National Health and Medical Research Council (Australia) and Australasian Society of Blood Transfusion, Clinical practice guidelines on the use of blood components: red blood cells, platelets, fresh frozen plasma, cryoprecipitate. ISBN: 9781864961447 2002 P. Free online.
Carr, JH & Rodak, BF 2008, Clinical hematology atlas, 3rd edn, Elsevier Saunders, St Louis, USA.
Handin, RI, Lux, SE, Stossel, TP 1995, Blood: Principles and practice of hematology, Lippincott Williams & Wilkins, NY.
Kaushansky, K. & Williams, WJ 2010, Williams hematology, 8th edn, McGraw-Hill, NY.
Rodak, BF, Fritsma, GA & Doig, K 2012, Hematology: Clinical principles & applications, 4th edn, Elsevier Saunders, St Louis, USA.
Stiene-Martin, A. Lotspeich-Steininger, CA & Koepke, JA 1998, Clinical hematology: principles, procedures, correlations, Lippincott, NY.
Student workload requirements
|Description||Marks out of||Wtg (%)||Due Date||Notes|
|Assignment 1||20||20||16 Jul 2013||(see note 1)|
|Assignment 2||20||20||16 Jul 2013||(see note 2)|
|2HR Closed Examination||60||60||End S2||(see note 3)|
- Examiner to advise the end of semester due date for assignments.
- Examiner to advise the end of semester due date for assignments.
- Examination dates will be available during the Semester. Please refer to the examination timetable when published.
Important assessment information
It is the students' responsibility to attend and participate appropriately in all activities (such as lectures, tutorials, laboratories and practical work) scheduled for them, and to study all material provided to them or required to be accessed by them to maximise their chance of meeting the objectives of the course and to be informed of course-related activities and administration.
Requirements for students to complete each assessment item satisfactorily:
To satisfactorily complete an individual assessment item a student must achieve at least 50% of the marks or a grade of at least C-. (Depending upon the requirements in Statement 4 below, students may not have to satisfactorily complete each assessment item to receive a passing grade in this course).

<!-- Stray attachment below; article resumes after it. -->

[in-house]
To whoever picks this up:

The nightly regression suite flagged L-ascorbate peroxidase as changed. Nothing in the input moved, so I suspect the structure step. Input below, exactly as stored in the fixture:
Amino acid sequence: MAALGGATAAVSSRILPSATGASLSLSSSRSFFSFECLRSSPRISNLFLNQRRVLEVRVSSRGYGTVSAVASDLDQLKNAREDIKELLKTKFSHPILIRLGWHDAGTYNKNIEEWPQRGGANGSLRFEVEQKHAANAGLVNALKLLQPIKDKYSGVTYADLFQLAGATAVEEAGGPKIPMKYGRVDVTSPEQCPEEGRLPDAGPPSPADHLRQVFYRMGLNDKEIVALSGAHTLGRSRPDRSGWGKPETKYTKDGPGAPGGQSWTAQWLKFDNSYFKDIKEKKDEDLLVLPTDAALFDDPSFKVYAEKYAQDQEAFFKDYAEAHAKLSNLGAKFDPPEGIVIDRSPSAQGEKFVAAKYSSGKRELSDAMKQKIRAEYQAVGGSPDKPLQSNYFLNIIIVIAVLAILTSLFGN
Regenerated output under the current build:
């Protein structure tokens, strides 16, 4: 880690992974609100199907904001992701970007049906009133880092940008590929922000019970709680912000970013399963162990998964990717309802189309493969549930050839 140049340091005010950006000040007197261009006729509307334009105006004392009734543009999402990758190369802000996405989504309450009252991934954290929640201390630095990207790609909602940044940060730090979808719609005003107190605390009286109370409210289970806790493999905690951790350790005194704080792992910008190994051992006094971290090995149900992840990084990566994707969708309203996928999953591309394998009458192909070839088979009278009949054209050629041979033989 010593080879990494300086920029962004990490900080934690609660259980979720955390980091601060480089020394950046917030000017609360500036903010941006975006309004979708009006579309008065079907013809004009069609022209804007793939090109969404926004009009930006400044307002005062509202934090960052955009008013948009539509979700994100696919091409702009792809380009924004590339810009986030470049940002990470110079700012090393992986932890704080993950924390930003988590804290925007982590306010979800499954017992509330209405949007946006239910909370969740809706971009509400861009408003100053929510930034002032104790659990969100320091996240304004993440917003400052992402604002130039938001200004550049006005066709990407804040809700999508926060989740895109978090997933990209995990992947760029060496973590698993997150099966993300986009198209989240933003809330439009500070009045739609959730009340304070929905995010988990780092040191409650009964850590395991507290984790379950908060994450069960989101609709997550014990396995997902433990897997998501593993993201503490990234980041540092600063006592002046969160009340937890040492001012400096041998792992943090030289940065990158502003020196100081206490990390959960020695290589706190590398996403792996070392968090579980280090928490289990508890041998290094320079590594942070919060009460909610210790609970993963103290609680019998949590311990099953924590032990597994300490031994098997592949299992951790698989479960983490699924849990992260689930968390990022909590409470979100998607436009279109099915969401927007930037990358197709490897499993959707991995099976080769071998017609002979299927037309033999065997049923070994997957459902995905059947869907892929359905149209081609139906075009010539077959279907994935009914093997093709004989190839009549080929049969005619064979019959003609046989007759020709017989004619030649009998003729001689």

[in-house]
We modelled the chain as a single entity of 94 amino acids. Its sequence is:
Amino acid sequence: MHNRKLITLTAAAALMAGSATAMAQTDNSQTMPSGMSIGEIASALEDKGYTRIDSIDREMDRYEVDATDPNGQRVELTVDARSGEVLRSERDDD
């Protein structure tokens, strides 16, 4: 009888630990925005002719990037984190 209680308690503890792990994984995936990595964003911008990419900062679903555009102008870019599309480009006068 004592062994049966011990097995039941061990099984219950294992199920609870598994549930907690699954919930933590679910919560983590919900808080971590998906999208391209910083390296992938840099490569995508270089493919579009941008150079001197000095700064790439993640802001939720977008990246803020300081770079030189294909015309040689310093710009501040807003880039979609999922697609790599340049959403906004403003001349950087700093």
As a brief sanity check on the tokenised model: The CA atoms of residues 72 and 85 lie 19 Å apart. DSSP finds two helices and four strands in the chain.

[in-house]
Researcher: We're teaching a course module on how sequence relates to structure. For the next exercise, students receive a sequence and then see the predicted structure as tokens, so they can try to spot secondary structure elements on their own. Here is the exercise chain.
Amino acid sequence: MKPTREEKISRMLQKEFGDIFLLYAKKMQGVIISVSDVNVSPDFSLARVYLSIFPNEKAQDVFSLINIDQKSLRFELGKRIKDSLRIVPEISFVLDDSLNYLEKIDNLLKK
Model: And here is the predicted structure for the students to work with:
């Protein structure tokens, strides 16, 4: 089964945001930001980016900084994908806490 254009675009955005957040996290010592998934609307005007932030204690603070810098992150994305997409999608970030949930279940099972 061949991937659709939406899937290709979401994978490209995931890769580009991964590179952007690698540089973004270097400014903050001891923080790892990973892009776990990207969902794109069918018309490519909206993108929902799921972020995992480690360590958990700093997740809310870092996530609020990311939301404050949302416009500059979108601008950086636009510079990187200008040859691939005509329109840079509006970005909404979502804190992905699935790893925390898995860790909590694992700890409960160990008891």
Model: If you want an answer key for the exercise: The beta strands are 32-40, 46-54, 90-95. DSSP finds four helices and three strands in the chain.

Penalties for late submission of required work:
If students submit reports after the due date without prior approval of the examiner then a penalty of 5% of the total marks gained by the student for the report may apply for each working day late late up to ten working days at which time a mark of zero may be recorded. No assignments will be accepted after model answers have been posted.
Requirements for student to be awarded a passing grade in the course:
To be assured of receiving a passing grade a student must achieve at least 50% of the total weighted marks available for the course.
Method used to combine assessment results to attain final grade:
The final grades for students will be assigned on the basis of the weighted aggregate of the marks obtained for each of the summative assessment items in the course.
In a Closed Examination, candidates are allowed to bring only writing and drawing instruments into the examination.
Examination period when Deferred/Supplementary examinations will be held:
Any Deferred or Supplementary examinations for this course will be held during the next examination period.
University Student Policies:
Students should read the USQ policies: Definitions, Assessment and Student Academic Misconduct to avoid actions which might contravene University policies and practices. These policies can be found at http://policy.usq.edu.au.
Harvard (AGPS) is the referencing system required in this course. Students should use Harvard (AGPS) style in their assignments to format details of the information sources they have cited in their work. The Harvard (AGPS) style to be used is defined by the USQ Library's referencing guide. http://www.usq.edu.au/library/referencing
Format: Course lecture and tutorial content will be recorded and provided on Camtasia relay on the basis of 2 lectures and 1 tutorial per week. Tutorials will be primarily used to explore specific syndromes, case studies and or investigative procedures.
Lectures/tutorials are subject to change if for example, time-tabling falls on public holidays. Examinations will be conducted during the prescribed end of semester examination period.